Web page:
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“We will fight on all fronts for the safety of our students and their educators,” Weingarten said. “But if authorities don’t protect the safety and health of those we represent and those we serve, as our executive council voted last week, nothing is off the table.”
The union’s leaders approved the resolution Friday but announced it Tuesday at the group’s convention, which is being hosted online.
The nation’s largest teachers union, the National Education Association, separately said that its members will do “whatever it takes” to protect students.
“Nobody wants to see students back in the classroom more than educators, but when it comes to their safety, we’re not ready to take any options off the table,” the group’s president, Lily Eskelsen Garcia, said in a statement.
For weeks, Trump has pressed for a full reopening of the nation’s schools. Last week he acknowledged that some schools may need to delay a return to in-person instruction, but he’s still asking Congress to withhold future virus relief to schools that fail to reopen.
Some of the nation’s largest public school districts are starting the school year online, including in Los Angeles, Atlanta and Houston.
The Chicago Teachers Union, which has clashed with the city over its school reopening plan, said Tuesday that it isn’t ruling out a work stoppage.
“It’s long past time for our nation’s educators to come together and fight collectively for the common good — up to and including striking to ameliorate the social and economic inequalities at the root of the consequences of this insidious virus,” the union’s vice president, Stacy Davis Gates, said in a statement.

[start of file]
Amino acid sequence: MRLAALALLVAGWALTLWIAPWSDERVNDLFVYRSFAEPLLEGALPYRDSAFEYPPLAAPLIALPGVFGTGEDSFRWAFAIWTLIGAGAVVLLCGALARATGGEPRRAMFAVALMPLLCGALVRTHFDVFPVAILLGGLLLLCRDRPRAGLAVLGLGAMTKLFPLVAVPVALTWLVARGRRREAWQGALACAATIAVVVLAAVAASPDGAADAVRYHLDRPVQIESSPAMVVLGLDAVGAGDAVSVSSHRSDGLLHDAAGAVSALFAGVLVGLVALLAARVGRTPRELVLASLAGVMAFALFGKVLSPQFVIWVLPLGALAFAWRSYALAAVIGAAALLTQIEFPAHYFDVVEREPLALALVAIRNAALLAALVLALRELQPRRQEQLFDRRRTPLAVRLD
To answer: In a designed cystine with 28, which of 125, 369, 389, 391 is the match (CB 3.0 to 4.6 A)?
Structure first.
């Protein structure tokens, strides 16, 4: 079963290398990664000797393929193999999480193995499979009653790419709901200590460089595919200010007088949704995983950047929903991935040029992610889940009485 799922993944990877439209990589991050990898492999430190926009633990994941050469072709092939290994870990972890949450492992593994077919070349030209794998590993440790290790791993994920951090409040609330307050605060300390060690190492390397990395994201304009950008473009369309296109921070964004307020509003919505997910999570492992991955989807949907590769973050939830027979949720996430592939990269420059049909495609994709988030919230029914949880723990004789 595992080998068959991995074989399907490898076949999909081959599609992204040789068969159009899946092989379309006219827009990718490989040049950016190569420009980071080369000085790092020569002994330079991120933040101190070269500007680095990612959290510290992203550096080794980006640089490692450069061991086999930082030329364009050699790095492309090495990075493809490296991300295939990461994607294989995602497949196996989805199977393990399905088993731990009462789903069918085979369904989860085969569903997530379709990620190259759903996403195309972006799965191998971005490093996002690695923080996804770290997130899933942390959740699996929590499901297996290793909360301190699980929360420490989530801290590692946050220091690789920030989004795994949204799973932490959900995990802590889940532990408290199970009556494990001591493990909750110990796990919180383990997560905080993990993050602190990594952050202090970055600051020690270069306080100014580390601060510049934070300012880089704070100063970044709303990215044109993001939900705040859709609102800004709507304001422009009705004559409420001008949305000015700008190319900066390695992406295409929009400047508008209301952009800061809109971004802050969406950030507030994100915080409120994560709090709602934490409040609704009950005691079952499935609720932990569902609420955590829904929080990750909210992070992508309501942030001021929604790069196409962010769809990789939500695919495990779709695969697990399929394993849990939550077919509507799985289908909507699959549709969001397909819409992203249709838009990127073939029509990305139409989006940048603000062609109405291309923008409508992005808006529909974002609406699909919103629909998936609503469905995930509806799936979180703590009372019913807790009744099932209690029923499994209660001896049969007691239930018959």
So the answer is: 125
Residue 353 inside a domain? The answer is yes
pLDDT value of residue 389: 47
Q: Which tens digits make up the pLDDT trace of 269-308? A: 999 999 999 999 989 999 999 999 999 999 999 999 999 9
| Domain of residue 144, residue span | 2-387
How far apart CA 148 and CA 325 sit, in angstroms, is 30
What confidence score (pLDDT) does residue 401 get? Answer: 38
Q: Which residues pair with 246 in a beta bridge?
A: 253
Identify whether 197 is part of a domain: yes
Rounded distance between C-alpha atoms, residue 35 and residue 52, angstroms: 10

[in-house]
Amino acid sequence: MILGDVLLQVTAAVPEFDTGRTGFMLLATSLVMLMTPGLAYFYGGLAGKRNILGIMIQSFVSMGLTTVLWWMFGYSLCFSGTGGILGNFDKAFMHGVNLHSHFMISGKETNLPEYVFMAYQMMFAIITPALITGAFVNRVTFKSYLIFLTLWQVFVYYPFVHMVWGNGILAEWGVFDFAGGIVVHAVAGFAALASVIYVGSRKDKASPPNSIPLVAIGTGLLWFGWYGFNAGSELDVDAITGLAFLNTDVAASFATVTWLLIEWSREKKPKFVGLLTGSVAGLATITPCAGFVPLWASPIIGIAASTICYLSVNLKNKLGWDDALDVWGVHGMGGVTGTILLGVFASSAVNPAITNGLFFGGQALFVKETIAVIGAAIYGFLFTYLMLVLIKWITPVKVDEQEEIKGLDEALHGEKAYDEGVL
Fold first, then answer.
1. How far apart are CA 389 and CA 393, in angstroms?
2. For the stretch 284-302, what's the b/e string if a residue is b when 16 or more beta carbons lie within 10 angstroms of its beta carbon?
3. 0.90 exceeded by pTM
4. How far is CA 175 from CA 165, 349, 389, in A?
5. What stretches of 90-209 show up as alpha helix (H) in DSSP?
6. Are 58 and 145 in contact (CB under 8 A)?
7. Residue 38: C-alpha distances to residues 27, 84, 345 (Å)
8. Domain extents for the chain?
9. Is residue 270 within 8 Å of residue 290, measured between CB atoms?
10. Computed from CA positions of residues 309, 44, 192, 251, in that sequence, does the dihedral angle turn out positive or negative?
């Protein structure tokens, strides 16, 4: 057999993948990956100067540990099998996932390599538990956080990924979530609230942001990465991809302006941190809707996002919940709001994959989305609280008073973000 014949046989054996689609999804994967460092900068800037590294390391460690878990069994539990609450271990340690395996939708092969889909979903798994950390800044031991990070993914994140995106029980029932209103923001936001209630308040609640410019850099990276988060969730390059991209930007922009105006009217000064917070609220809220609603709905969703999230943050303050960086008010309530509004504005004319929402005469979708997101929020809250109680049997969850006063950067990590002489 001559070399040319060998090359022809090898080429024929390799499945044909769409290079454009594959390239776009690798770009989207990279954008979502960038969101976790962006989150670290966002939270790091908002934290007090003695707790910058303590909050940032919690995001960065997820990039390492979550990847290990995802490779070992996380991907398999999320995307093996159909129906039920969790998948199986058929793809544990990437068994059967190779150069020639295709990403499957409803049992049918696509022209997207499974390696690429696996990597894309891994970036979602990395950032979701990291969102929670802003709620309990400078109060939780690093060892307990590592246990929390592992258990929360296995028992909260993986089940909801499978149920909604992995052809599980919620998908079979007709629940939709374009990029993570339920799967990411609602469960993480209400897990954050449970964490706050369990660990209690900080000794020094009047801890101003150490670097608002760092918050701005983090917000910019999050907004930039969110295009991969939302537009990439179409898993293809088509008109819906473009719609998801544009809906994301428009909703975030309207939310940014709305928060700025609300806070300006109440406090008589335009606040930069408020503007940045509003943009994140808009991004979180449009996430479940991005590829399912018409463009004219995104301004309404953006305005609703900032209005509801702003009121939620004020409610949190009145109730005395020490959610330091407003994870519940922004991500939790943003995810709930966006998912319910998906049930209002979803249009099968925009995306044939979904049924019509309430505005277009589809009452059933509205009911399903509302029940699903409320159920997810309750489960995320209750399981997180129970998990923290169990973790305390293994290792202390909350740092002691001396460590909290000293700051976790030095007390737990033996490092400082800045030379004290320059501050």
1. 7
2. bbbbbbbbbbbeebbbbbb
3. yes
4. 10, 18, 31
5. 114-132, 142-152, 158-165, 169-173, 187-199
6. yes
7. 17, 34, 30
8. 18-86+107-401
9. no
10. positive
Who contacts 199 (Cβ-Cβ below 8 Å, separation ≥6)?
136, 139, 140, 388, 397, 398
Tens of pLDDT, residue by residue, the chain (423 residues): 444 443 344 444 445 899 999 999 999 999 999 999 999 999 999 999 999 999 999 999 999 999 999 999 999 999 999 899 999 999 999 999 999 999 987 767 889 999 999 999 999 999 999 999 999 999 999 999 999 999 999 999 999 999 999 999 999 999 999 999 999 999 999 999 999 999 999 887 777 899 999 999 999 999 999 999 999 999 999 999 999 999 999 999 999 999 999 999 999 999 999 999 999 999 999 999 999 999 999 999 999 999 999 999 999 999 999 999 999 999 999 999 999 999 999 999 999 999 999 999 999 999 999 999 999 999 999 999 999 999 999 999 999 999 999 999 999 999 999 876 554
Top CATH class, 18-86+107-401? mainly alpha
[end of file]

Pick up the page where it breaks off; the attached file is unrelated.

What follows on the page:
Davis Gates said any safety strike would include broader demands to support front-line workers, to provide broadband access to every student, to ensure universal health care and to get “a hard commitment from public officials to protect Black and brown lives, whose neighborhoods are disproportionately bearing the burden of death and illness from covid-19.”
In Massachusetts, nurses represented by the Boston Teachers Union are planning a sit-in today at City Hall over the city’s reopening plan. The nurses are calling for rapid testing in schools to identify covid-19, the disease caused by the coronavirus. They also want more protective equipment for nurses and teachers and assessments of air quality in school buildings, among other measures.
In Ohio’s largest district, about 2,700 Columbus City Schools educators had previously signed a letter calling on leaders to start the fall term online, with the union arguing that the stakes “are too high for experiments.”
They got their wish Tuesday as the district announced that it will start the year with virtual learning for all students in prekindergarten through 12th grade.
For other districts planning to reopen, the federation’s safety demands could be difficult to meet. The union says schools should open only in areas where the infection rate among those tested for the disease, is below 5%, and where the transmission rate is below 1%. It also says local authorities must have plans to close schools if cases spike.
Along with mask requirements, the union is pushing schools to keep people 6 feet apart, to keep buildings and buses clean, and to make accommodations for teachers at greater risk of health problems if they contract covid-19.
For many schools, more funding will be needed to reopen safely, the union said. It estimates the average school will need at least $1.2 million, amounting to $116 billion nationwide. The resolution says Trump and Senate Republicans have “have failed to negotiate and pass a new stimulus bill to address the resources vitally needed for reopening our schools.”
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The latest stimulus proposal from the White House and Senate Republicans includes $105 billion for schools and colleges, though some of the money is only for schools that reopen for in-person classes. In May, the Democratic-led House included $100 billion for schools — none of it limited to those holding on-site classes — but House Speaker Nancy Pelosi has said even more money is needed.
In her speech, Weingarten said teachers want schools to reopen. Children need in-person instruction, she said, adding that remote instruction is “no substitute for it.” But she said teachers need to know they’ll be kept safe.
Before Trump began pressing schools to reopen, she said, a union poll found that its members were comfortable returning if proper safeguards were in place.